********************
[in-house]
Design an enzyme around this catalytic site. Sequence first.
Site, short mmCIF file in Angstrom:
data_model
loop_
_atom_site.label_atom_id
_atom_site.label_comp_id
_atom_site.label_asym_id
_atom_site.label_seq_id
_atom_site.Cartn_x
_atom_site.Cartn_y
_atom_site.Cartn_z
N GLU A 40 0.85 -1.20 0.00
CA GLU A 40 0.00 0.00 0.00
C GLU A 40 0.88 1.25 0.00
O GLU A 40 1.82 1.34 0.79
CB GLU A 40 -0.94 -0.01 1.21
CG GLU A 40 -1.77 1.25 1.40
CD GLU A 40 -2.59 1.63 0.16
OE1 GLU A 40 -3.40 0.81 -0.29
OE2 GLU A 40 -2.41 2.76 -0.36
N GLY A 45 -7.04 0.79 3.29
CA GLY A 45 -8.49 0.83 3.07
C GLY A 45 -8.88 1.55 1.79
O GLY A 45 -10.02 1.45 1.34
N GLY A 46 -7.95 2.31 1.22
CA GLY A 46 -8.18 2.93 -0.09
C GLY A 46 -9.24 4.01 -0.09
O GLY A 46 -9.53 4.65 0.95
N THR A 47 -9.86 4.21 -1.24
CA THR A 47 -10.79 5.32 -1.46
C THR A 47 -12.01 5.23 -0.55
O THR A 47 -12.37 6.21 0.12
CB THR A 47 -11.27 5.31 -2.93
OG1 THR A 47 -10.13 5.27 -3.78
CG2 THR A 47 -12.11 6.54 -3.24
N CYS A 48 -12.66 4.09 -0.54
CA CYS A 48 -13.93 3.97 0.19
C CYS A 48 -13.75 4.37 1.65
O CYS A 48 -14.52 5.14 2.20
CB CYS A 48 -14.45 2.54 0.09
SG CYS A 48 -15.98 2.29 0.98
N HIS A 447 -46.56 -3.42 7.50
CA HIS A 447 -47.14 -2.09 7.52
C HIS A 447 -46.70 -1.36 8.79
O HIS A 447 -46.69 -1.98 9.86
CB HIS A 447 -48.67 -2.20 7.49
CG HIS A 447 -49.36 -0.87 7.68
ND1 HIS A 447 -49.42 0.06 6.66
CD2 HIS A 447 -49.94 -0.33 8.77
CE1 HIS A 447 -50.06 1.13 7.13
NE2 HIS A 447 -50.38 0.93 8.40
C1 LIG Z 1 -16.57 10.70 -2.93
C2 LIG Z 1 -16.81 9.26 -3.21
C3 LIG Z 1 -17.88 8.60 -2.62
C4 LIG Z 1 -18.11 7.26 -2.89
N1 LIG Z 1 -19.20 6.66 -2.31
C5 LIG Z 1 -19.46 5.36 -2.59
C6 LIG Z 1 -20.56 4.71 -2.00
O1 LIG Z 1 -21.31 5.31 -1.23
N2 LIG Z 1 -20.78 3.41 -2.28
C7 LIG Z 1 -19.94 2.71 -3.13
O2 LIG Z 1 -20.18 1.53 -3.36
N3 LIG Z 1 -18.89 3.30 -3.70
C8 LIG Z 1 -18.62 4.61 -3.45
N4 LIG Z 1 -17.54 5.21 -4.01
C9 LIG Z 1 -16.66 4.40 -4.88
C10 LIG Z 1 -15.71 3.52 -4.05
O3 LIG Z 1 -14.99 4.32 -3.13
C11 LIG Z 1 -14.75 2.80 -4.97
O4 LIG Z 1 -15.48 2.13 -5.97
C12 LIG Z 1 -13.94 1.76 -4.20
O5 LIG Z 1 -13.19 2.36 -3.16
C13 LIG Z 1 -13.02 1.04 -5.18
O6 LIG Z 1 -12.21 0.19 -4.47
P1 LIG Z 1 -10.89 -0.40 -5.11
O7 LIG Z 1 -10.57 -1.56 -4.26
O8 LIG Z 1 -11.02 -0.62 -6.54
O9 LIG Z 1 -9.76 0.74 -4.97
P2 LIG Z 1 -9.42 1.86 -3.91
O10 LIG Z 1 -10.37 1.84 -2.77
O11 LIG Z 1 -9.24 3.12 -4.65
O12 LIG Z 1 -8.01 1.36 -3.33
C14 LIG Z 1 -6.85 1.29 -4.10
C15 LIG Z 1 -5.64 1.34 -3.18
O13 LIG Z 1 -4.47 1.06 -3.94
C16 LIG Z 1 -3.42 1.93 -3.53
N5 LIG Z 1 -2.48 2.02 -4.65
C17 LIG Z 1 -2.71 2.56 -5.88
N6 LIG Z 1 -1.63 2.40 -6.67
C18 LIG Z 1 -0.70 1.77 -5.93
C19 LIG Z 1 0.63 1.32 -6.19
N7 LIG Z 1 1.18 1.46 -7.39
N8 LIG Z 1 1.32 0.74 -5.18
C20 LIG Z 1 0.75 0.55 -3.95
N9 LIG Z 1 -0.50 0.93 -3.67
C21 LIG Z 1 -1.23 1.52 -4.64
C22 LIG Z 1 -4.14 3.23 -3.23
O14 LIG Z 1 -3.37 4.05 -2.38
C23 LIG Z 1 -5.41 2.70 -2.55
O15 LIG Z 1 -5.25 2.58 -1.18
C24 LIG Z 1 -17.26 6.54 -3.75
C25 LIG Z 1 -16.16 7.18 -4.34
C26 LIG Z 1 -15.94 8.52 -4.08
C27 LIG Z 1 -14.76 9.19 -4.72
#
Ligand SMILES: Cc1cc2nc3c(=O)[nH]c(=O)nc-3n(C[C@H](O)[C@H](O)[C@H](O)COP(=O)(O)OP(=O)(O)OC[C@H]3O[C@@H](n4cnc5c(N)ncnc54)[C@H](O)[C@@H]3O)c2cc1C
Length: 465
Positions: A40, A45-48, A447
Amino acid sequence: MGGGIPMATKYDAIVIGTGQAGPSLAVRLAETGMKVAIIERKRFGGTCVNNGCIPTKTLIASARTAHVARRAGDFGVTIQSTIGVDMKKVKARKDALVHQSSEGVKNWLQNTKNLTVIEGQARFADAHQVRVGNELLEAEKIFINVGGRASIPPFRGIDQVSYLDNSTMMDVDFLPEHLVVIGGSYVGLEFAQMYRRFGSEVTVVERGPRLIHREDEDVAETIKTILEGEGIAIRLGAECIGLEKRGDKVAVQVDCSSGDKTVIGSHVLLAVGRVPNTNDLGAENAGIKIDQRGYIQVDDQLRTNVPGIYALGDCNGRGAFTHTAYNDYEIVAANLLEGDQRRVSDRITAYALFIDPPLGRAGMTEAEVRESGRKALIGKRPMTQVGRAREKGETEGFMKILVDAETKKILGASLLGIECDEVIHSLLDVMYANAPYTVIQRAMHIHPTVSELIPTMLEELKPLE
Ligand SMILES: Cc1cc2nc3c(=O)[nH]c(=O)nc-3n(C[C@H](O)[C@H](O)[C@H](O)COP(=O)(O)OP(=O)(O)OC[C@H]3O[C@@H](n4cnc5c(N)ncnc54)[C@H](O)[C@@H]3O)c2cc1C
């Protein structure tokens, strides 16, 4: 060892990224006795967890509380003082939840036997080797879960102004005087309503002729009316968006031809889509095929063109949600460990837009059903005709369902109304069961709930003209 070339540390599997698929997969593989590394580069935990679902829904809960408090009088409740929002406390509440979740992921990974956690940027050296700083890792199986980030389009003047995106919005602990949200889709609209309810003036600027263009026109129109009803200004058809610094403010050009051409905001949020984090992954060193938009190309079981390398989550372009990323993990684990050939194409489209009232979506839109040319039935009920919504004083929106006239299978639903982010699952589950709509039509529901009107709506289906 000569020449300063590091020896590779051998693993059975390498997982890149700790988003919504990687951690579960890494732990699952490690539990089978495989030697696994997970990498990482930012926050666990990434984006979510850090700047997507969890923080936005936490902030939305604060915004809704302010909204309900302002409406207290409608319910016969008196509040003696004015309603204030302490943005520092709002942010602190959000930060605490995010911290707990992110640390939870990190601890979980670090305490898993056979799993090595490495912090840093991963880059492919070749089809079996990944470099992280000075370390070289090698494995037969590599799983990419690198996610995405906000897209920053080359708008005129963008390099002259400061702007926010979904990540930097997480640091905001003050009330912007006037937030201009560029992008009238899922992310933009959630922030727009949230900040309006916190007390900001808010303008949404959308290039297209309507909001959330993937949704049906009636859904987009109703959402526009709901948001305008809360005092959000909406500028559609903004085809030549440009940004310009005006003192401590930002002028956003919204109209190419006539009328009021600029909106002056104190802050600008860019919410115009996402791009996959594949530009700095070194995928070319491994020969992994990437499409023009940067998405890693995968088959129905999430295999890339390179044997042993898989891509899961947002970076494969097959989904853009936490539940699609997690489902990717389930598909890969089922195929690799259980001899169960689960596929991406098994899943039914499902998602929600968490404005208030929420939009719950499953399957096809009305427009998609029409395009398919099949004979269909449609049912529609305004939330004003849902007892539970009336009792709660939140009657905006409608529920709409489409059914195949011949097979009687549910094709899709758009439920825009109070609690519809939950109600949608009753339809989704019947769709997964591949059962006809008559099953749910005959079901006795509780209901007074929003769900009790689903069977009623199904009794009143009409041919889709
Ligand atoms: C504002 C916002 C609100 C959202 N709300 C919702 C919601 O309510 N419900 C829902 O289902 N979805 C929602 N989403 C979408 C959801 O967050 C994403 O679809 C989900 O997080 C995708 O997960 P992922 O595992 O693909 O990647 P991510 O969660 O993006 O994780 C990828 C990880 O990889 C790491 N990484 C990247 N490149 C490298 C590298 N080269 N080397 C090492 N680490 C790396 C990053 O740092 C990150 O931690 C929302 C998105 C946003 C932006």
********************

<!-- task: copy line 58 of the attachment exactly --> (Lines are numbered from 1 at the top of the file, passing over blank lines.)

C5 LIG Z 1 -19.46 5.36 -2.59